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California Supreme Court Rules Proposition 57 Early Parole Review May be Denied for Any Violent Felony Conviction, Even If Not “Primary Offense”

by Douglas Ankney

On January 3, 2022, the Supreme Court of California held that the state Department of Corrections and Rehabilitation (CDCR) did not abuse its authority when it promulgated regulations excluding from nonviolent-offender parole review any prisoner currently serving a sentence for a violent felony, even one not designated the “primary” offense.

In so holding, the Court reversed the 2019 ruling of a lower state court in the case of prisoner Mohammad Mohammad, who in 2012 pleaded no contest to nine counts of second-degree robbery, all considered “violent felonies” under California Penal Code § 667.5(c), as well as six counts of receiving stolen property, considered “nonviolent felonies” under the same statute. One of the latter counts was designated Mohammad’s principal sentencing term, with the remaining sentences running consecutively for an aggregate 29-year prison term.

In 2016, California voters approved Proposition 57, which added article I, § 32(a)(1) to the California Constitution that reads: “Any person convicted of a nonviolent felony offense and sentenced to state prison shall be eligible for parole consideration after completing the full term of his or her primary offense.”

That amendment further explained, at § 32(a)(1)(A), that “the full term for the primary offense means the longest term of imprisonment imposed by the court for any offense, excluding the imposition of an enhancement, consecutive sentence, or alternative sentence.”

Proposition 57 directed CDCR to adopt regulations “in furtherance of these provisions,” so the agency duly elaborated its “nonviolent offender parole review,” including categories of prisoners excluded, in 15 California Code of Regulations § 3490(a)(1) thru (a)(6).

One of those regulations, § 3490(a)(5), excludes any inmate who “is currently serving a term of incarceration for a ‘violent felony,’” pointing back to the definition found in California Penal Code § 667.5. Based on that, CDCR denied Mohammad’s request for a nonviolent offender parole review because the bulk of his sentence was imposed for the robberies, making him a “violent offender” based on the reasoning of People v. Ramos, 50 Cal.App.4th 810 (1996).

Mohammad disagreed, saying he had completed his term for his primary offense, which was a non-violent felony, so he should be eligible for review. Taking up his petition for a writ of habeas corpus, the California Court of Appeal, Second Appellate District, determined that CDCR’s regulations had improperly focused on the offender and not the offense, rendering them inconsistent with the text of article I, § 32(a).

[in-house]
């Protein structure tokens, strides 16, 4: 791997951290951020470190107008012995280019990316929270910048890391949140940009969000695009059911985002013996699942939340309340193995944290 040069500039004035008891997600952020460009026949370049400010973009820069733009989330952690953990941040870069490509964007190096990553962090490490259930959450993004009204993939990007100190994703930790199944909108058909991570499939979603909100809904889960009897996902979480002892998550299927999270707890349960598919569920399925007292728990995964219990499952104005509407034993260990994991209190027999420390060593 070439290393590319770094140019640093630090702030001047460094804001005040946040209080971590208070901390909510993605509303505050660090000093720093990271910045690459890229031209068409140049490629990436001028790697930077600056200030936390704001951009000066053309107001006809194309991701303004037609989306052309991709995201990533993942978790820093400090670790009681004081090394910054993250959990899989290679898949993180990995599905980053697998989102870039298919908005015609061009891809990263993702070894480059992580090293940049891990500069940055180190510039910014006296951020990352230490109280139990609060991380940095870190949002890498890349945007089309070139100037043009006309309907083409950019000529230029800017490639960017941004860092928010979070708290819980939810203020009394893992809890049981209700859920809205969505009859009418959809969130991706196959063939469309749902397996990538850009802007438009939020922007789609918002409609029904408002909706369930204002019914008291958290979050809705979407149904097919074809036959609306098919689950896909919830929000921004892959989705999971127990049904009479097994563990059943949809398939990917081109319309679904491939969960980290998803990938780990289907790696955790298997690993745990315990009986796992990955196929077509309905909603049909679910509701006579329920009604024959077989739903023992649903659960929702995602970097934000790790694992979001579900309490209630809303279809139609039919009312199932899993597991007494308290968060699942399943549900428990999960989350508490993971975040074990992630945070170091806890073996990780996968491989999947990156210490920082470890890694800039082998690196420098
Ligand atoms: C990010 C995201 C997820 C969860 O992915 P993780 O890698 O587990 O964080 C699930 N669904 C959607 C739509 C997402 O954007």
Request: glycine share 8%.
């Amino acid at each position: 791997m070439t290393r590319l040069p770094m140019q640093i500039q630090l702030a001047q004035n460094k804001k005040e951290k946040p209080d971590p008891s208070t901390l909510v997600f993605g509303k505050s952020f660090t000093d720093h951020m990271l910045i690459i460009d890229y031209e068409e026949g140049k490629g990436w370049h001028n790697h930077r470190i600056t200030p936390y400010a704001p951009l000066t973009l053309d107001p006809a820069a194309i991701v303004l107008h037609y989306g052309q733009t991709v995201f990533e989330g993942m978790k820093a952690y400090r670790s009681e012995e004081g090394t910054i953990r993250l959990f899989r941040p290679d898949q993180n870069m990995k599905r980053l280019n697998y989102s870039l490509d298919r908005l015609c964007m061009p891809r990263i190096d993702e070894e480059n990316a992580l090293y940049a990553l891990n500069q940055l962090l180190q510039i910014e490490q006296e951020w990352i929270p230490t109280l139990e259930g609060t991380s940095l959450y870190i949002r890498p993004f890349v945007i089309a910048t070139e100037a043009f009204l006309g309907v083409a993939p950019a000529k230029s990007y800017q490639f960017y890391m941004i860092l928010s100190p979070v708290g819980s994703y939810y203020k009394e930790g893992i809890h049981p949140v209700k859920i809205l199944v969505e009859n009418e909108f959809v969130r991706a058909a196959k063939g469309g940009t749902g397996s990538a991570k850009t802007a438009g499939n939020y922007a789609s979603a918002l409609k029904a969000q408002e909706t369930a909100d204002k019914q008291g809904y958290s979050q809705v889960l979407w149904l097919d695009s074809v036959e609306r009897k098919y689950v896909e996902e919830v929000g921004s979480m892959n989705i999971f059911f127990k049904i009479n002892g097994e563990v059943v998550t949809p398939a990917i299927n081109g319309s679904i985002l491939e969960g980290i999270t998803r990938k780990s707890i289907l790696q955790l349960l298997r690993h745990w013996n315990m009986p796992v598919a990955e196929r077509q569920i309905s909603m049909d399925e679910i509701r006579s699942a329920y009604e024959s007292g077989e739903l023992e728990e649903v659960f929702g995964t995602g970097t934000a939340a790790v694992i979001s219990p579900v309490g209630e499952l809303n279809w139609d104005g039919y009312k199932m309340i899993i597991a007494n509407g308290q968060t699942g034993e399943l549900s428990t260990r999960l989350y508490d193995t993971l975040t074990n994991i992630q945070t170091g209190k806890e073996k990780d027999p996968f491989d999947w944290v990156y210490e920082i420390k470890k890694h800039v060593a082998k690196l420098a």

Because that text plainly extended eligibility to any person convicted of a nonviolent offense who had completed the full term of his or her primary offense, the court of appeal said the provision was unambiguous; it clearly contemplated a person whose primary offense could be a violent felony but who was also convicted of another nonviolent felony. So it directed CDCR to treat § 3490(a)(5) as void and evaluate Mohammad for early parole consideration. The agency appealed, and the state Supreme Court granted its petition for review.

The Court began by observing that its primary concern in construing a constitutional provision enacted via voter initiative is to give effect to its intended purpose, citing California Cannabis Coalition v. City of Upland, 3 Cal.5th 924 (2017). So it must apply the same principles that govern statutory construction, referencing People v. Rizo, 22 Cal.4th 681 (2000).

The Court noted that while this case was pending review, four other appellate decisions had disagreed with the court of appeal to conclude CDCR’s regulations were valid: In re Guice, 66 Cal.App.5th 933 (2021); In re Ontiveros, 65 Cal.App.5th 899 (2021); In re Viehmeyer, 62 Cal.App.5th 973 (2021) and In re Douglas, 62 Cal.App.5th 726 (2021).

Yet each of those decisions interpreted § 32(a) differently. Because each was also plausible, the Court deduced that § 32(a) must be ambiguous, drawing on reasoning in People v. Gonzales, 6 Cal.5th 44 (2018). Further amplifying the ambiguity of § 32(a), the Court added, was its silence about those prisoners like Mohammad, convicted of both nonviolent and violent felonies.

When a provision is ambiguous, the Court said, the principles of statutory construction allow consideration of ballot materials to determine voter intent, again citing Gonzales. After examining those, the Court determined the primary argument between proponents and opponents of Proposition 57 was that prisoners convicted of crimes which the public may consider violent (e.g., certain sex offenses and assaults) would be considered nonviolent by statute and eligible for early release.

None of the materials addressed those convicted of both nonviolent and violent felonies. But CDCR argued that the materials demonstrated voters did not want people convicted of violent felonies considered for early release. And that was a reasonable interpretation, the Court allowed. Accordingly, it reversed the judgment of the court of appeals.

In his concurrence, Justice Goodwin H. Liu noted that the majority’s opinion left unaddressed the question of whether—and if so, when—a prisoner would be eligible if he had completed the term for his primary violent felony but was serving a consecutive term for a nonviolent felony. Mohammad was represented by his appointed counsel, Michael Satris and Heather MacKay. See: In re Mohammad, 12 Cal. 5th 518 (2022). 


Additional sources: Newsweek, Redding Record-Searchlight


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